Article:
Andrew Mangiapane is more than comfortable in staying with the Calgary Flames on a long-term deal.
Ritch Winter, Mangiapane’s agent, said as much in a conversation with Eric Francis on Sportsnet 960 on Monday, indicating his client has a proposal on the table with the Flames that would keep him in Calgary for the foreseeable future.
“I think ultimately to admit that Andrew has submitted a proposal to them on a multi-year deal tells you he’s quite interested in staying here despite the uncertainty that surrounds Matthew Tkachuk,” Winter said on The Eric Francis Show.
“Certainly Andrew feels very comfortable with the coaching staff. He likes the management team here. He likes the city. He’s had a good experience. He’s said to them he’s quite willing to stay on a longer-term deal. Obviously, the dynamics have to be worked out in terms of finances and things, but he’s certainly accepted and proposed that he stay here longer term.”
Andrew Mangiapane has expressed to the #Flames an interest in signing a longer term deal. His agent, Ritch Winter, will join me on the EF Show at 12 MT to discuss that & many other issues like Johnny & what Canadian teams can do to be more attractive destinations.@Sportsnet960
— Eric Francis (@EricFrancis) July 18, 2022
Mangiapane, who scored an NHL career-high 35 goals in 2021-22 and is coming off a two-year bridge deal with $2.425 million per season, is one of three key remaining restricted free agents for the Flames to sign.
Tkachuk is also a significant priority for the club after the team lost Johnny Gaudreau to the Columbus Blue Jackets via free agency. Speculation has followed after Gaudreau’s departure that Tkachuk, who can accept his qualifying offer of $9 million and become an unrestricted free agent next summer, will do the same.
Mangiapane’s long-term commitment isn’t dependent on Tkachuk’s future, however.
“Regardless of what happens, Matthew Tkachuk will be replaced by someone in a trade. You may not get a Matthew Tkachuk type, but you might get an Alex DeBrincat type. I don’t think, if Tkachuk is moved, they go from Tkachuk to nobody,” Winter told Francis.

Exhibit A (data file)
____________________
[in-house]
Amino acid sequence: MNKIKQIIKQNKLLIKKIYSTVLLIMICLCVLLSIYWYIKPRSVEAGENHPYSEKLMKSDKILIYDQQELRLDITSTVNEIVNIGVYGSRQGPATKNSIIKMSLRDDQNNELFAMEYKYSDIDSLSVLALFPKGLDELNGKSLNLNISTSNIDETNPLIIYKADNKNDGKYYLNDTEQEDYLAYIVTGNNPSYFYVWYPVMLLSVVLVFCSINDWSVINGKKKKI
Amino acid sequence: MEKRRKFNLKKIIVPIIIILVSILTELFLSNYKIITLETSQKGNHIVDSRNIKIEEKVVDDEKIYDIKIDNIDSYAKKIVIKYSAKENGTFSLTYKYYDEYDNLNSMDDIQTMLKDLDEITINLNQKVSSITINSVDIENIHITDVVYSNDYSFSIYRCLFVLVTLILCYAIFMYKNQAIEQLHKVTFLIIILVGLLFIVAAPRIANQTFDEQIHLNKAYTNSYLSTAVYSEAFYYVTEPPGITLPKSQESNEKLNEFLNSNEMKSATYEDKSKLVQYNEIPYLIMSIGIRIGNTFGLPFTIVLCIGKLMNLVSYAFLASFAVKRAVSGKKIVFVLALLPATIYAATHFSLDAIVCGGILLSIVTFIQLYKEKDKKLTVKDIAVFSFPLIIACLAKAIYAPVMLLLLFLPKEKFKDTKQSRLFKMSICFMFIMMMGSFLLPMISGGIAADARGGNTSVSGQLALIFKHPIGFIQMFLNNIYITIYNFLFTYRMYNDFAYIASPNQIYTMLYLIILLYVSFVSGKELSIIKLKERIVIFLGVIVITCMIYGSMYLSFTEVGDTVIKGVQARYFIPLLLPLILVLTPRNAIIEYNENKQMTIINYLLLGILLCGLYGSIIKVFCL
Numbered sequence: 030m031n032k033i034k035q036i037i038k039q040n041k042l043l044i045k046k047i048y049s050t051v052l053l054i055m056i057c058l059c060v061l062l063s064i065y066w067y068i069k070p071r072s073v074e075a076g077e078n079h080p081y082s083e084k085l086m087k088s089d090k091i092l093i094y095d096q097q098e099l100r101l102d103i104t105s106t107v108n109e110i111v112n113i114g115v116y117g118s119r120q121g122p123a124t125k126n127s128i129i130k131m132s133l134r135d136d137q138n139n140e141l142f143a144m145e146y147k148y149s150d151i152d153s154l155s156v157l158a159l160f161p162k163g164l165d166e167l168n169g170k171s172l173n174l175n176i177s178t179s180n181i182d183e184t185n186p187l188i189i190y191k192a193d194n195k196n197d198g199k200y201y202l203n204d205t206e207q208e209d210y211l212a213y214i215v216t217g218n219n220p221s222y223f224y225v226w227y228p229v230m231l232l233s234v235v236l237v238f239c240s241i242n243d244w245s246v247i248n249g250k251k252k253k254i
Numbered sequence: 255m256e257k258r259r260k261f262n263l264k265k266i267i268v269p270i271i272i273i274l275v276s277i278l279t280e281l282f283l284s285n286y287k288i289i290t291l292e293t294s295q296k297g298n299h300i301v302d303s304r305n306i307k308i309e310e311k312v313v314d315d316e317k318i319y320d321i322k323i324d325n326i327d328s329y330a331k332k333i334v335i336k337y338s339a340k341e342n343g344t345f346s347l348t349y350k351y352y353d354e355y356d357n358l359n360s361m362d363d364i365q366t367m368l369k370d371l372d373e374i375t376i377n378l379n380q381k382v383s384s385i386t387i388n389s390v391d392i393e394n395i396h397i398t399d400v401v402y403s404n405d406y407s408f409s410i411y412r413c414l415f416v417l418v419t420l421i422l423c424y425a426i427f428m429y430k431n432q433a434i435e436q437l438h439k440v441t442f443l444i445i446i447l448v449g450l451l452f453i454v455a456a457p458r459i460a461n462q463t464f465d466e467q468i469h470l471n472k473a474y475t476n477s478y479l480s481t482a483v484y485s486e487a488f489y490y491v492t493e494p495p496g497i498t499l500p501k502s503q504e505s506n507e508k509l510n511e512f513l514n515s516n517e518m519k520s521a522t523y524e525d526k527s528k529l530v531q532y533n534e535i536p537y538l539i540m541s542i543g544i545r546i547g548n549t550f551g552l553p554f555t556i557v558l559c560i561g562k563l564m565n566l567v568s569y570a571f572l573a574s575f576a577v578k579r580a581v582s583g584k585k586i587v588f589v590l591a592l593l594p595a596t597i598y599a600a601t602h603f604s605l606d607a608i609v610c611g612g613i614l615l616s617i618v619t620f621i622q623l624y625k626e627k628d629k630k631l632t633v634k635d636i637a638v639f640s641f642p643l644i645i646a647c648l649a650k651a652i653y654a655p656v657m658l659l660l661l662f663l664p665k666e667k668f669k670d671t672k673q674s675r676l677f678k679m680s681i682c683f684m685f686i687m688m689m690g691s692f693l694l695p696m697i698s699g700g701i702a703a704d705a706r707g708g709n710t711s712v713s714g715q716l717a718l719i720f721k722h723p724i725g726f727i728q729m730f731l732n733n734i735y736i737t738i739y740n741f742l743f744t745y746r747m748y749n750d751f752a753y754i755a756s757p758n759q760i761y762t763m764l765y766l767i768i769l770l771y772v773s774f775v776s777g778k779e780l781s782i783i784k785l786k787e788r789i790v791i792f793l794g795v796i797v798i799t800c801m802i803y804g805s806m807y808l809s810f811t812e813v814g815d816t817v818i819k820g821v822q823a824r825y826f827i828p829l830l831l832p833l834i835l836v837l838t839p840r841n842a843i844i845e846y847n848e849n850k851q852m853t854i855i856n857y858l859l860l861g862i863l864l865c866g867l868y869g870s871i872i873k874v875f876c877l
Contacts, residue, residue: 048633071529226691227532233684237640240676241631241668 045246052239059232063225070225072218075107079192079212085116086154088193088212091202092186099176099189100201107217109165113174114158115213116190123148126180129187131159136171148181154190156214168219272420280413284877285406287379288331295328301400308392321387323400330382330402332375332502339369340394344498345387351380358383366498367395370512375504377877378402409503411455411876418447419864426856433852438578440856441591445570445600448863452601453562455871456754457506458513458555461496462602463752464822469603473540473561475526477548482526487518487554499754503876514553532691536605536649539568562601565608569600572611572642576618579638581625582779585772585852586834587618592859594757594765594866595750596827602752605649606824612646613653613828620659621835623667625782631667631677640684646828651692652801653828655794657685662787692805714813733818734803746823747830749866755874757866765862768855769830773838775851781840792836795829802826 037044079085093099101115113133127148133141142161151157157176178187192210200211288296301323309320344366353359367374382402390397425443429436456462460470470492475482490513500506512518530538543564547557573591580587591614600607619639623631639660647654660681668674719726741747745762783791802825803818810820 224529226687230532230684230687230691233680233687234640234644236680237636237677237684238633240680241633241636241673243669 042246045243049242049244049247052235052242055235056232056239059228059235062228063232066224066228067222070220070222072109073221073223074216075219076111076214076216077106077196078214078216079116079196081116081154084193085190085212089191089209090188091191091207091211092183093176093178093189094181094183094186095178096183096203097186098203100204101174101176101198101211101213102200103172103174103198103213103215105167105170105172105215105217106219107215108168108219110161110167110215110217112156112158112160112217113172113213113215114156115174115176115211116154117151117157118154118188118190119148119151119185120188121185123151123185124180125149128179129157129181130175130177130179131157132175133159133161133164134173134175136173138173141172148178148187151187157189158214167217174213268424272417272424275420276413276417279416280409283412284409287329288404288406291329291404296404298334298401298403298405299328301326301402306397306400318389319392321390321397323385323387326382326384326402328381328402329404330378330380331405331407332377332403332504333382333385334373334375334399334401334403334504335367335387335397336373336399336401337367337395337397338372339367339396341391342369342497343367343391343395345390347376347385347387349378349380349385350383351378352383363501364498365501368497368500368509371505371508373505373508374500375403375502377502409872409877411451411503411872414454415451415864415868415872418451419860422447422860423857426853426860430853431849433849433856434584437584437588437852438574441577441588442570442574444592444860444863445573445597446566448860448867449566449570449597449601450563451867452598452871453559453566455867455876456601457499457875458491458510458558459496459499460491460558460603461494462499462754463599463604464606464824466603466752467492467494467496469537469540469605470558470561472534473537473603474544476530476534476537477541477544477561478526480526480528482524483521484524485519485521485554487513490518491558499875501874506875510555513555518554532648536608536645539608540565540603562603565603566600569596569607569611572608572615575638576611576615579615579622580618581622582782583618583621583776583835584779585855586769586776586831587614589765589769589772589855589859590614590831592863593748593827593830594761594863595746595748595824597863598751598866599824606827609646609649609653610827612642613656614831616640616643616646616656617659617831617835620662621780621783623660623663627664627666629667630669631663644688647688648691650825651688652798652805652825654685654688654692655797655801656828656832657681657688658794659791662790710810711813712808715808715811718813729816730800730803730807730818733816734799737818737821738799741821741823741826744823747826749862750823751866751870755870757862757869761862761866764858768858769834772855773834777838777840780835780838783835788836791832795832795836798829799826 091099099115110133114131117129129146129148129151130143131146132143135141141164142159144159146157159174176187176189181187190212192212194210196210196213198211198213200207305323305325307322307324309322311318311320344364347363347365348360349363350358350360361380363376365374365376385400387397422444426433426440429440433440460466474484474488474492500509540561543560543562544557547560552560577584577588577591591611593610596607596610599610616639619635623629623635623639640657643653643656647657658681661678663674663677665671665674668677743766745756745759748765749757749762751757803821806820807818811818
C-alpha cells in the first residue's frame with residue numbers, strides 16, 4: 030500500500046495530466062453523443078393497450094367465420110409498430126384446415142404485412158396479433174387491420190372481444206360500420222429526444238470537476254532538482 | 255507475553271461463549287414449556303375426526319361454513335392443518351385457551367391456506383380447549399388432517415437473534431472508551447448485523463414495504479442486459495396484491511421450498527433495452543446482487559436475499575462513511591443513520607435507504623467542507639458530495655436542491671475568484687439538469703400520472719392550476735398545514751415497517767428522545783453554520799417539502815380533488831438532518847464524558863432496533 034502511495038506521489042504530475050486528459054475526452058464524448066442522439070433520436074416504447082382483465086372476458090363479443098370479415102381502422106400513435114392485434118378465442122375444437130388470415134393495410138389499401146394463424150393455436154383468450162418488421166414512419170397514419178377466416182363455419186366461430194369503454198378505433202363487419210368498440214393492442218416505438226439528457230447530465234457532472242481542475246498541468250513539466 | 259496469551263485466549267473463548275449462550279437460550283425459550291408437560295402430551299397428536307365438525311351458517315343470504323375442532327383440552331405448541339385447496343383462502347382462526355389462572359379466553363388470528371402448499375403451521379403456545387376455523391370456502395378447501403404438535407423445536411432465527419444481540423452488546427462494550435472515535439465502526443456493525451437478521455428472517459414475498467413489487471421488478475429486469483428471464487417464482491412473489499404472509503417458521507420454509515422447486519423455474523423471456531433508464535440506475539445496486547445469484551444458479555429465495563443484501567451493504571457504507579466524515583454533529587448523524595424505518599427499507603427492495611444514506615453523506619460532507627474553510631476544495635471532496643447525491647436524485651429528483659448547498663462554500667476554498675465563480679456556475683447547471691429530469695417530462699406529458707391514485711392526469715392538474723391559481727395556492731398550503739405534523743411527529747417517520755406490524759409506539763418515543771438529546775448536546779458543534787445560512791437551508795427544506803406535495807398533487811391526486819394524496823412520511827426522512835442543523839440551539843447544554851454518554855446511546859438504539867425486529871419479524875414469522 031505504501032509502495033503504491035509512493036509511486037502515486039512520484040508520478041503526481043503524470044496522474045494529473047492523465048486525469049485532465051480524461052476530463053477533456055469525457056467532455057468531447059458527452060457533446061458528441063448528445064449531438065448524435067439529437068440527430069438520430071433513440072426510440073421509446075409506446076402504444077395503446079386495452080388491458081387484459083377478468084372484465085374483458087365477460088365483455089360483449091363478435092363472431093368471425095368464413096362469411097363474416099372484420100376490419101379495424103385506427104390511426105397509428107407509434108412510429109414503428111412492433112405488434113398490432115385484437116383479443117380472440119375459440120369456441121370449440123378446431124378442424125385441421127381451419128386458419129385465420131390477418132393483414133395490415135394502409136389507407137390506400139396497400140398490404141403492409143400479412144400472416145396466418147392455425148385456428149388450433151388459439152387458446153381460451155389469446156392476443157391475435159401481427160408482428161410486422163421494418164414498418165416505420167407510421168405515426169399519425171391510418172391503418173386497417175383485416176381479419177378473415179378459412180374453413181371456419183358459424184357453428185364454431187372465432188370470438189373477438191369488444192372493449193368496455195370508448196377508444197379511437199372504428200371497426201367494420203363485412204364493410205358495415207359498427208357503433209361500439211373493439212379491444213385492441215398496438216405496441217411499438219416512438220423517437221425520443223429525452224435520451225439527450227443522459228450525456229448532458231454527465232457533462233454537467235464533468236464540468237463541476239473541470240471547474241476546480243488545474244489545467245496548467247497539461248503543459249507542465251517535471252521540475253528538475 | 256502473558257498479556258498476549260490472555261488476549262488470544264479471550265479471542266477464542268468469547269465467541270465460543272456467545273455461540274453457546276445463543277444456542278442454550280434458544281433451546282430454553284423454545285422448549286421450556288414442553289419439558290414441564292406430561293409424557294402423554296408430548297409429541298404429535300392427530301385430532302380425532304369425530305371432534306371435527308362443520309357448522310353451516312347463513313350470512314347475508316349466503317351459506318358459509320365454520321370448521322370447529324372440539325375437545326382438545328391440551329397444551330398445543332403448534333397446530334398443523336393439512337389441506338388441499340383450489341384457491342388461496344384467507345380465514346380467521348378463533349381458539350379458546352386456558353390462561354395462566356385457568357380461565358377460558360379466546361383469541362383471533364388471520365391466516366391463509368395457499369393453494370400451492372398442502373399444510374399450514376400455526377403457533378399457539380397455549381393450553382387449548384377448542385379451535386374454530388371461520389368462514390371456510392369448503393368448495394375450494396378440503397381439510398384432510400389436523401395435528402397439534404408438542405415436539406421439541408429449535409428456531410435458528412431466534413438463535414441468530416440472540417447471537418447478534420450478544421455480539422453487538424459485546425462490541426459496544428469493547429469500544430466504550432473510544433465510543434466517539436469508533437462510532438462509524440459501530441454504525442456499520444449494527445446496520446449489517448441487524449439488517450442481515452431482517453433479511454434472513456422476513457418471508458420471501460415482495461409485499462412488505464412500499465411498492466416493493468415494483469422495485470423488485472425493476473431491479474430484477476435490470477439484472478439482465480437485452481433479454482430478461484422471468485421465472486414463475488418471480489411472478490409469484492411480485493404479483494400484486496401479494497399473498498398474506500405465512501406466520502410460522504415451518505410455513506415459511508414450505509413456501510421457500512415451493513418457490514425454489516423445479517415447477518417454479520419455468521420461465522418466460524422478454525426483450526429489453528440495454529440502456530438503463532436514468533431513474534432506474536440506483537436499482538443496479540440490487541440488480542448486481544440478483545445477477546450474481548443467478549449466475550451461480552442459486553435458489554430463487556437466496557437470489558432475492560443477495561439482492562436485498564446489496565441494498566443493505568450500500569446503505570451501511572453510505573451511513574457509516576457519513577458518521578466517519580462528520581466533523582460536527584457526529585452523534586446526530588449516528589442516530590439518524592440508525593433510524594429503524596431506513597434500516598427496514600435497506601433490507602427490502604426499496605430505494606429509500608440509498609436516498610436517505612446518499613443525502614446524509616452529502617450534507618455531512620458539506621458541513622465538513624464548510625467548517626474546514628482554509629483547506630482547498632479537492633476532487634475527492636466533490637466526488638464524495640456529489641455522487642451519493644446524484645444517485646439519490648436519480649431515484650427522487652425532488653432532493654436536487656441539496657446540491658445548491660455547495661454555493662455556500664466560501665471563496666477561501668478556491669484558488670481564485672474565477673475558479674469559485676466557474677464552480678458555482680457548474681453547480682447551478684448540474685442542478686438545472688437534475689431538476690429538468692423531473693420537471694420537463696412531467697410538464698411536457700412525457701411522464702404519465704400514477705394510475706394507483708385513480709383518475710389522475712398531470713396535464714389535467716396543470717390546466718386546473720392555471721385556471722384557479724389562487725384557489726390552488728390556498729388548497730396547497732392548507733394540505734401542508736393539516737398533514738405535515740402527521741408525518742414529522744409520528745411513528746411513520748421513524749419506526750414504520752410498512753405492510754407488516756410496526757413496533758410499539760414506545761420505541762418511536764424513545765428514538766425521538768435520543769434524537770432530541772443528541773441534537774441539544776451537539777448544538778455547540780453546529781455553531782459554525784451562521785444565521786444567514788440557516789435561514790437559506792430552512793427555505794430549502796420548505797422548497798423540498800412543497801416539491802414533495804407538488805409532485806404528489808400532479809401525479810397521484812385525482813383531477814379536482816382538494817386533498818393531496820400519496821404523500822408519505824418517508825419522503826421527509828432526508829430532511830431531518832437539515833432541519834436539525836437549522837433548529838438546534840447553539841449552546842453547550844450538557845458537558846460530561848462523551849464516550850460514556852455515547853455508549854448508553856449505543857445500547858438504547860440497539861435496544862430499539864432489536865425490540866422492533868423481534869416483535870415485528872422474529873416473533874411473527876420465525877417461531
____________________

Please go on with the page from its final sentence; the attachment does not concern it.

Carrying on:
“He would hope the moves the management team makes in the next month or two or three are exactly the kind of moves that encourages him to sign for longer. He has not shut the door on that. That discussion will continue.”
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A long-term commitment comes at an interesting time for Mangiapane.
The 26-year-old, who was selected in the sixth round (No. 166) of the 2015 NHL Draft, is coming off a career year and, like Tkachuk, could sign a one-season pact and test the open market next summer.
Mangiapane would have no shortage of suitors if he chose that route and was able to replicate his scoring pace from a year ago, according to Winter.
“I think it’s an interesting time with the flat cap, so I think I personally am a risk-taker, so I always like the idea of betting on myself and taking the spoils that will come from that. That advice comes with some risk,” Winter started.
“It’s at least in the seven (million dollar) range. Could it be in the eight range? Potentially. If he gets 40 or 45 it could climb to who knows where. That might be the value teams place on him, but who has the cap room? Who has the right cap room and the most attractive compliment of players to play with, and which team is in the city that brings a lifestyle that everyone involved with the player, in and around his family, finds appealing.”
🔥 Ritch Winter weighs in on Andrew Mangiapane's future and how different players approach #NHLFreeAgency
🏒 Thoughts on Johnny Gaudreau's departure
— Sportsnet 960 (@Sportsnet960) July 18, 2022
Mangiapane, who along with fellow restricted free agents Oliver Kylington and Matthew Phillips elected to file for arbitration on Sunday, managed his production while averaging 15:44 per game — 12th most on the team and fifth among forwards.
That responsibility will only spike in Gaudreau’s absence.
But in the end, not everything will come down to cash on Mangiapane’s next pact.
“Andrew, I can tell you, his objective is to score 40, 45 goals this year,” Winter said. “He believes it’s something that should be expected of him with more opportunity.
“The other thing that comes into play is injury. Short-term injury is not too big a deal if he’s on pace to get 40 and he only scores 32 in 60 games, but you always have to face the risk of a career-ending injury. Smaller player, plays a pretty aggressive game for a guy his size. What are the risks there?
“It’s a lot of money, but in the end, it probably won’t end up being the primary driver.”